Rarity of Recognition: The Relationship between Scripps and its Athenas


Riley Harmon ’22

Several Claremont-Mudd-Scripps women’s athletic teams have achieved impressive victories in their 2019 fall season. The CMS women’s cross country team won their Southern California Intercollegiate Athletic Conference (SCIAC) race on Nov. 2. The CMS volleyball team won their SCIAC tournament, sweeping Chapman University 3-0 in the final on Nov. 9. CMS women’s soccer just missed the SCIAC tournament this year, but still won an at-large bid to qualify for the National Collegiate Athletic Association (NCAA) Championship tournament because of their impressive 10 wins this season. A doubles team comprised of Catherine Allen ’20, a captain of the CMS tennis team, and Justine Leong ’23 from the CMS women’s tennis team won the Division III doubles championship in the Oracle Intercollegiate Tennis Association (ITA) Cup. 

Nearly one third of the athletes competing this fall for those CMS women’s teams attend Scripps. However, some Scripps athletes have expressed frustration with what they say is a lack of recognition and support provided by Scripps to its student-athletes.

Cat Allen, a Scripps senior and captain of the CMS tennis team, recalled her excitement when transferring from another college in the SCIAC conference to Scripps. However, after a while, she began to feel a sense of disappointment familiar to Scripps athletes within CMS sports: “it is very CMC [Claremont McKenna College] oriented,” said Allen.

“No one on the [Scripps] campus really knows what’s going on unless they are friends with athletes,” said Allen. 

“It’s just not defined in Scripps culture to be an athlete,” said Juliana Clark ’20, a member of the CMS lacrosse team and the number nine rank in CMS history for career caused turnovers.

This sense of CMC centricity reflects the organizational structure of CMS. In a statement to the Scripps Voice, Scripps President Lara Tiedens said, “CMC serv[es] as the permanent lead college for CMS, which means that CMC designs and directs the athletics programming.”

In a statement to the Scripps Voice, CMS Athletic Director Erica Perkins Jasper said, “I see the CMS ‘jersey’ first – we are one team.”

Anastasia Bryan-Ajania ’20, a captain of the CMS tennis team, recognizes CMC’s lead role in CMS but thinks Scripps can do more from their backseat position to celebrate its athletes. “A first step would be simply spreading awareness on the Scripps campus of when games are happening,” said Bryan-Ajania. “A weekly email should be sent out. It would give non-athletes an opportunity to get together and explore another campus, meet new people, and proudly represent CMS spirit.”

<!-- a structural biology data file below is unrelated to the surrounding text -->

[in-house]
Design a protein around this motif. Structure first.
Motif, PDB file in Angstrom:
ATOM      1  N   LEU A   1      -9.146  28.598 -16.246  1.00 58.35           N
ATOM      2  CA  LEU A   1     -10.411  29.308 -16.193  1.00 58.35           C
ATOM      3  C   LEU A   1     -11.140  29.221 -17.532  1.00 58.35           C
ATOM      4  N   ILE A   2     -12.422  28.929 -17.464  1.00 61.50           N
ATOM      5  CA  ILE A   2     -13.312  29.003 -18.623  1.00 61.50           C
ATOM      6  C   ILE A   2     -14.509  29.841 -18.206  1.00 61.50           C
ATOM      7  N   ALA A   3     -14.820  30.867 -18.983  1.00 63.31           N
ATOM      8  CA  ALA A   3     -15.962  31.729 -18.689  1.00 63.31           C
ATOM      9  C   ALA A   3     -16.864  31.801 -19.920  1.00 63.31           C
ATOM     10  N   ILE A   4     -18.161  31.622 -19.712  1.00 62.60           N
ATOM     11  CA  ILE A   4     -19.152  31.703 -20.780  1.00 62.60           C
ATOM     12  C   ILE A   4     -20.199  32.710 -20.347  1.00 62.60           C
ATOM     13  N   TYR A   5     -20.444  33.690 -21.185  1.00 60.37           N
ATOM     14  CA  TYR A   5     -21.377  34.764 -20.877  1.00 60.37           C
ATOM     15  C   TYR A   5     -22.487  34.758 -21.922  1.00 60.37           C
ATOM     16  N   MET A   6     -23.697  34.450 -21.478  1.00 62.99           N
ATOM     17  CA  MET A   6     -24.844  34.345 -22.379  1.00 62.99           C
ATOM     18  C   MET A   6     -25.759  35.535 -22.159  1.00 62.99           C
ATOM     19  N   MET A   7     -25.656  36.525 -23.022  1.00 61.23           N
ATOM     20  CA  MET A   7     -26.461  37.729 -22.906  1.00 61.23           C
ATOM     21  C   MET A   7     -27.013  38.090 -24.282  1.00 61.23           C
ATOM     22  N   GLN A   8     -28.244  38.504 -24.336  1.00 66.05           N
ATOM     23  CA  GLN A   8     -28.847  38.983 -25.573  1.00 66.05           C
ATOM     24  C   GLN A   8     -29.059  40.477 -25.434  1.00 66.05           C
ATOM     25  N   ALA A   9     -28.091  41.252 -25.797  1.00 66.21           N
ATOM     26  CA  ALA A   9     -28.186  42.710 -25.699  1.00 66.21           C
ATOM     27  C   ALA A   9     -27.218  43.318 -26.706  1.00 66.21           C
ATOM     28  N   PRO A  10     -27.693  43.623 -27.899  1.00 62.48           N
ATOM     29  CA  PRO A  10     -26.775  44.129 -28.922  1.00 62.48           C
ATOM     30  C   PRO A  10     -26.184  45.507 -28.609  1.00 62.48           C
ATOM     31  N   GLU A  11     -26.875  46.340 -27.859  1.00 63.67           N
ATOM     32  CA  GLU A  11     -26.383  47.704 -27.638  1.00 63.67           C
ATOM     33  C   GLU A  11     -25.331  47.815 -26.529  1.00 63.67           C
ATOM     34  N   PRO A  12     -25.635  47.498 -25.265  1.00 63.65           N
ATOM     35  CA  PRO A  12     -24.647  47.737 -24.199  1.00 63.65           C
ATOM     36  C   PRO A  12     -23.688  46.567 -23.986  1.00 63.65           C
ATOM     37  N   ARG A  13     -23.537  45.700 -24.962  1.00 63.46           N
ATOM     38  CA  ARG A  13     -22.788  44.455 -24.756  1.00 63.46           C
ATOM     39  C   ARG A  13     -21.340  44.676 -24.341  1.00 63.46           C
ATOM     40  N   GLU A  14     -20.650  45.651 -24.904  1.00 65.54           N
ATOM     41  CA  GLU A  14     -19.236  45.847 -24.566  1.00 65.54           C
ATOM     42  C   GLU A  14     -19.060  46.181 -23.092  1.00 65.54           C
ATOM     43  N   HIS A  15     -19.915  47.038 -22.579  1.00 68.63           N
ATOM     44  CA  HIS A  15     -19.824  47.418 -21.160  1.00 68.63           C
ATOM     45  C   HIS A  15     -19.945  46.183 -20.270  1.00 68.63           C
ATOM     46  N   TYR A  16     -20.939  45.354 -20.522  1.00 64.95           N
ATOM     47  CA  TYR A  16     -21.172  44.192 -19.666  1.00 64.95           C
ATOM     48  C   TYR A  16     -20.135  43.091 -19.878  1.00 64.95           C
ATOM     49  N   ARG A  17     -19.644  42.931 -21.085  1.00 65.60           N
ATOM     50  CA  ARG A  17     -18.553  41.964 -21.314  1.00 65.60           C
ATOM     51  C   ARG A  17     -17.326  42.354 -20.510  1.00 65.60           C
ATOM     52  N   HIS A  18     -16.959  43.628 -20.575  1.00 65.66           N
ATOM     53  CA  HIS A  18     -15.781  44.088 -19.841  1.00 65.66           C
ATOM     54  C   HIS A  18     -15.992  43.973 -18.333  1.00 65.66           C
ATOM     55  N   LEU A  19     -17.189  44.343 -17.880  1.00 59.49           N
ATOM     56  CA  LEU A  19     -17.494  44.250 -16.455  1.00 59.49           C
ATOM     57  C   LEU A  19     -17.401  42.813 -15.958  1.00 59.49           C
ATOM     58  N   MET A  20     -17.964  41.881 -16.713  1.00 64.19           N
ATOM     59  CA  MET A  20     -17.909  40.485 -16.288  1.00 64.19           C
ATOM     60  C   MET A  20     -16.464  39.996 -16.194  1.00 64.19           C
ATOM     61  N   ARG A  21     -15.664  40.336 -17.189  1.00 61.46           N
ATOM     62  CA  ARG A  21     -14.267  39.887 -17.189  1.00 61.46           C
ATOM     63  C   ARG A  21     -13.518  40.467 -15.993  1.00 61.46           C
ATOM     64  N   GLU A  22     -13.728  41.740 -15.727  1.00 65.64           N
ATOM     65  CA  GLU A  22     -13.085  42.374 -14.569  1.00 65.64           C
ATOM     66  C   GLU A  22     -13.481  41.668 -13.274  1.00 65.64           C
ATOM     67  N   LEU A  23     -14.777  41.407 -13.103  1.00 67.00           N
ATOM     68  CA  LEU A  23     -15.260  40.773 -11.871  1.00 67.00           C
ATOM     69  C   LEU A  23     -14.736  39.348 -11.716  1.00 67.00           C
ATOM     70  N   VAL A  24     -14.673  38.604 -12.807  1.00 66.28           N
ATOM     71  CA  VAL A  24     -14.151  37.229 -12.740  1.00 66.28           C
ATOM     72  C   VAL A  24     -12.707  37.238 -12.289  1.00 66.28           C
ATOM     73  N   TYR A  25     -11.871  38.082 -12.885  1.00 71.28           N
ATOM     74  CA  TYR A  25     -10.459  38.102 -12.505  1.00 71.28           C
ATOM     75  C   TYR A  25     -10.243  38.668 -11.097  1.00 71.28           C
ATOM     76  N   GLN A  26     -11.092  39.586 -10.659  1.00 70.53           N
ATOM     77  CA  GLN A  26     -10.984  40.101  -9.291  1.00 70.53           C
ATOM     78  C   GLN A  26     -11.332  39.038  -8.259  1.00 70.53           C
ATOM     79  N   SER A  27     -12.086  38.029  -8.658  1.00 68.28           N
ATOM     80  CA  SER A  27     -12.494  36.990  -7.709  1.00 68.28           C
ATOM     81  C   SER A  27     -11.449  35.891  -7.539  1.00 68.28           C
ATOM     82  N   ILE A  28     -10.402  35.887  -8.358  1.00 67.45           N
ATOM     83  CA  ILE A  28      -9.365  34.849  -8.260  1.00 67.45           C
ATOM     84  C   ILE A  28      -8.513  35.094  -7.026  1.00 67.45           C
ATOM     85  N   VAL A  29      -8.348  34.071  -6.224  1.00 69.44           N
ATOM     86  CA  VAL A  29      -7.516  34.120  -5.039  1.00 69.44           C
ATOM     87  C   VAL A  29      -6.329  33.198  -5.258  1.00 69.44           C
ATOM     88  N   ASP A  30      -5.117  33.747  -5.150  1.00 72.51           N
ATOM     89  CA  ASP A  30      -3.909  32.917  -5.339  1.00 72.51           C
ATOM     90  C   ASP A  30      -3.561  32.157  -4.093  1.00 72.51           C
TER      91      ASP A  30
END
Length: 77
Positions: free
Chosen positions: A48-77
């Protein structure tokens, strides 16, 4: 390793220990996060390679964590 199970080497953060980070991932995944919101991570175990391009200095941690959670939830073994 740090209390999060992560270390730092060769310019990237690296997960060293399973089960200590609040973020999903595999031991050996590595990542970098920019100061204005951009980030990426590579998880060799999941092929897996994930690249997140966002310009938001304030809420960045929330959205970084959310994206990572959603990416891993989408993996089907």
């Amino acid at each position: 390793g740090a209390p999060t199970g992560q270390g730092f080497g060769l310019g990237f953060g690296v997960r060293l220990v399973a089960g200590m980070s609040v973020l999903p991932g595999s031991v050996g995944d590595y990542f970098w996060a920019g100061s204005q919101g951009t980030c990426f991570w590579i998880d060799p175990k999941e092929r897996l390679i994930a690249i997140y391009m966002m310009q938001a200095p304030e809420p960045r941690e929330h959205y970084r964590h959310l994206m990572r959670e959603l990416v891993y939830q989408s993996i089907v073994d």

These athletes believe that creating a more supportive athletic culture would be beneficial to “the overall experience of athletes and non-athletes, and even faculty,” said Bryan-Ajania.

The school can advertise sporting events in the student emails and social media platforms throughout the week to encourage the student body and faculty to support us,” suggested Allen. “They can treat and recognize our successes as of equal importance to other Scripps-oriented achievements.”

Athletes have also expressed academic concerns as a result of their team commitments. Abby Johnson ’21, a member of the CMS cross country and track teams who won the SCIAC 1500m championship in 2019, struggles with class scheduling because of practice times conflicting with class times. “The issue that I run into is that my major only offers four or five classes a semester and I’ll find that two or three or four of them happen during practice and I just don’t have another option,” said Johnson. 

“In the way Scripps schedules class section it feels like they are pretending there are not athletes at Scripps,” said Johnson.

Allen echoed this experience. “When I’ve talked to advisers in the past and talked about scheduling for my courses and said, ‘oh I am on the tennis team’ they kind of disregard focusing on athletics as a priority even though it is important to us,” she said.

Recognition is important for college athletes, whose position at the varsity college level represents an achievement in itself. “I’ve learned so much … from playing a sport competitively at the collegiate level. It has definitely taught me life lessons and built me as a person.”

“There are skills and experiences that you have from being on a team sport in college that you cannot even compare to what you receive in the classroom,” Bryan-Ajania said.

Scripps athletes have demonstrated leadership, skill and passion within CMS. It remains to be seen whether the Scripps administration will take steps to make its athletes feel like a more central part of the school’s identity.

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